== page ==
The ‘triple overlap’ refers to the link between gender stratification, the household and economic variables. In this volume, leading sociologists examine this overlap as a totality, providing theoretical concepts and new research on how the triple overlap works, both inside the family and within the broader context of society. Their competing conceptions of the interrelationship of gender, family and economy are bolstered by empirical papers which raise questions of culture, class and race within the contexts of both the developed and developing worlds. Six of the articles in this volume were previously published as a Special Issue of Journal of Family Issues.

Money and Ideology: Their Impact on Power and the Division of Household Labor

Money and Ideology: Their Impact on Power and the Division of Household Labor

Money and ideology: Their impact on power and the division of household labor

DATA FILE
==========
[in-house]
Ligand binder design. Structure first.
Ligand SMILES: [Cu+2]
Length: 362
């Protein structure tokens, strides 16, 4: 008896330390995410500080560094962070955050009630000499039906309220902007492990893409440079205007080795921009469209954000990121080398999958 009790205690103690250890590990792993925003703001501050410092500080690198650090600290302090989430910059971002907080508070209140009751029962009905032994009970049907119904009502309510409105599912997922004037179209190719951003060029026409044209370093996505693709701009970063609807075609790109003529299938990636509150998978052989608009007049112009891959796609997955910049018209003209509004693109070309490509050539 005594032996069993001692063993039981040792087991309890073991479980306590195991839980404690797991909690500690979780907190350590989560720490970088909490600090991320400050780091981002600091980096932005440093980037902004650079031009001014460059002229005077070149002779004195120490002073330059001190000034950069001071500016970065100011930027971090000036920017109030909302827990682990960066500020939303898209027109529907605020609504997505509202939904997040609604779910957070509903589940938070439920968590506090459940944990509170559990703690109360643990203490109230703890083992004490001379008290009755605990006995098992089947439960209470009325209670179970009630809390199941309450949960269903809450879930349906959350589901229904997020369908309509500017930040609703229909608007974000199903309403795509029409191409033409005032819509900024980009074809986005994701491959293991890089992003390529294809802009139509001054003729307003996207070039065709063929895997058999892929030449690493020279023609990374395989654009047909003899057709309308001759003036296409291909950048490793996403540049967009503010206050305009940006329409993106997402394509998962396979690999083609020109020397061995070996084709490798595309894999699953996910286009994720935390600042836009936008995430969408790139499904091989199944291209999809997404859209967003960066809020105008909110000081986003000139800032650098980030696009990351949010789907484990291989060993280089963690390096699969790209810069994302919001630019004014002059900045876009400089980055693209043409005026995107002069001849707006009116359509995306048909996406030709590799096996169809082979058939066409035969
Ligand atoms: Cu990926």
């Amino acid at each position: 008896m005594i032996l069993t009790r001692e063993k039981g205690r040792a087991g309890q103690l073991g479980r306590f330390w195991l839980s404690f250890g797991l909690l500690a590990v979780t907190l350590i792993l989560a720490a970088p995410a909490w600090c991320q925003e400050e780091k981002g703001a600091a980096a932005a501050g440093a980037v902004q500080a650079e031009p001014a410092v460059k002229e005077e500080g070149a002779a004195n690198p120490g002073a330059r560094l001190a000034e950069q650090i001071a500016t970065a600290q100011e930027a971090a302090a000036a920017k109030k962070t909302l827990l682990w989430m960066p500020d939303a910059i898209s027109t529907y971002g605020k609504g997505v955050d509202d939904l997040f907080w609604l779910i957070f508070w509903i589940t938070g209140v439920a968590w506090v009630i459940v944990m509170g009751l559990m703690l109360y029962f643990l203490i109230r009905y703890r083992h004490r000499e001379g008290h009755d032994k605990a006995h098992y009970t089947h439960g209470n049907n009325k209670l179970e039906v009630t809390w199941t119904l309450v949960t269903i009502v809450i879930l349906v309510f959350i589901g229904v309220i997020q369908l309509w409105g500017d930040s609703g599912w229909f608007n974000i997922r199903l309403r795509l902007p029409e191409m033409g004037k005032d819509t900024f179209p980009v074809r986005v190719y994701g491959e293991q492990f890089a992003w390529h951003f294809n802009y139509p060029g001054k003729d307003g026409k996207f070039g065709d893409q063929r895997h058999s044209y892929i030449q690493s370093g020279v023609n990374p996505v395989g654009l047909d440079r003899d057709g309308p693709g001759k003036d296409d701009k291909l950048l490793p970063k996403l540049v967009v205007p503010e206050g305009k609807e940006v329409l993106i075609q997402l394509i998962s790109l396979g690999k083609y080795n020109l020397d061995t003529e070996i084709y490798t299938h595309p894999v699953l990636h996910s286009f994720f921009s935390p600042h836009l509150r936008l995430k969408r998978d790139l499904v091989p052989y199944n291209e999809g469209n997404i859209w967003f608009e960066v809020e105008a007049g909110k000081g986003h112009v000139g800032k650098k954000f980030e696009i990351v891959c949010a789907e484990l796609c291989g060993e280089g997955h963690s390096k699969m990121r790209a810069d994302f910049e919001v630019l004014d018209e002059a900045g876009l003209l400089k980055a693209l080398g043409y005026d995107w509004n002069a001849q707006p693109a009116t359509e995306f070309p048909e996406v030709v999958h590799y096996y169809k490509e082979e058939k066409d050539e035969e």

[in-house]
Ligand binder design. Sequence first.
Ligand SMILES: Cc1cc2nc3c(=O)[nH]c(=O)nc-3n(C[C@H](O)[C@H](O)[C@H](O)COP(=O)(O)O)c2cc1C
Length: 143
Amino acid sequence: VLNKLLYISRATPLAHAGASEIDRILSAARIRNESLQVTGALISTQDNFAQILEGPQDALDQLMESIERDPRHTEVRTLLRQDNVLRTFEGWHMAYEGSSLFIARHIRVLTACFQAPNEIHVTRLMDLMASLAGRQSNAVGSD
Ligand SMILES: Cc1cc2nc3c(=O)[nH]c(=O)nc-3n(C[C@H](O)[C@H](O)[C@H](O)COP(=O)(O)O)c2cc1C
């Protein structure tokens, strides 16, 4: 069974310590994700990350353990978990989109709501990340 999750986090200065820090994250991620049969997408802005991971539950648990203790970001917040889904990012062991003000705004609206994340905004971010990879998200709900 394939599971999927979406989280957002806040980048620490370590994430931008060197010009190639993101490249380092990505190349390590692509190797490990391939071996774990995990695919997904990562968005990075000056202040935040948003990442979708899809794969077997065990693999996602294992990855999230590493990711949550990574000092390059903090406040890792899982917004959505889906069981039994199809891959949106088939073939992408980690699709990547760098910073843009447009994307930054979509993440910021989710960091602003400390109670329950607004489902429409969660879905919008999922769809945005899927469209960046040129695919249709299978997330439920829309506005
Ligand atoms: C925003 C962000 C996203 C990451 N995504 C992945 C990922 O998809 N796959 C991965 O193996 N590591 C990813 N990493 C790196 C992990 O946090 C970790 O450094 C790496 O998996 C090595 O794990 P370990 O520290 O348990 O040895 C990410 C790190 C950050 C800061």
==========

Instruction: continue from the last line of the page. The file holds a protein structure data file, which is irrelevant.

The relationship between love and money was addressed by Engels (1884/1972) more than a century ago, but, curiously, his articulation of the impact of economics on relationships has been slow to influence the field of family research. In particular, a detailed discussion of how marriage is affected by differential access to, and authority over money has only in the past few years become a significant research area (e.g., Blumstein and Schwartz, 1983; Pahl, 1983; Blumberg and Coleman, 1989; Treas, forthcoming). If it were not for the long-standing concern with conjugal power, relative income might never have entered the list of ...

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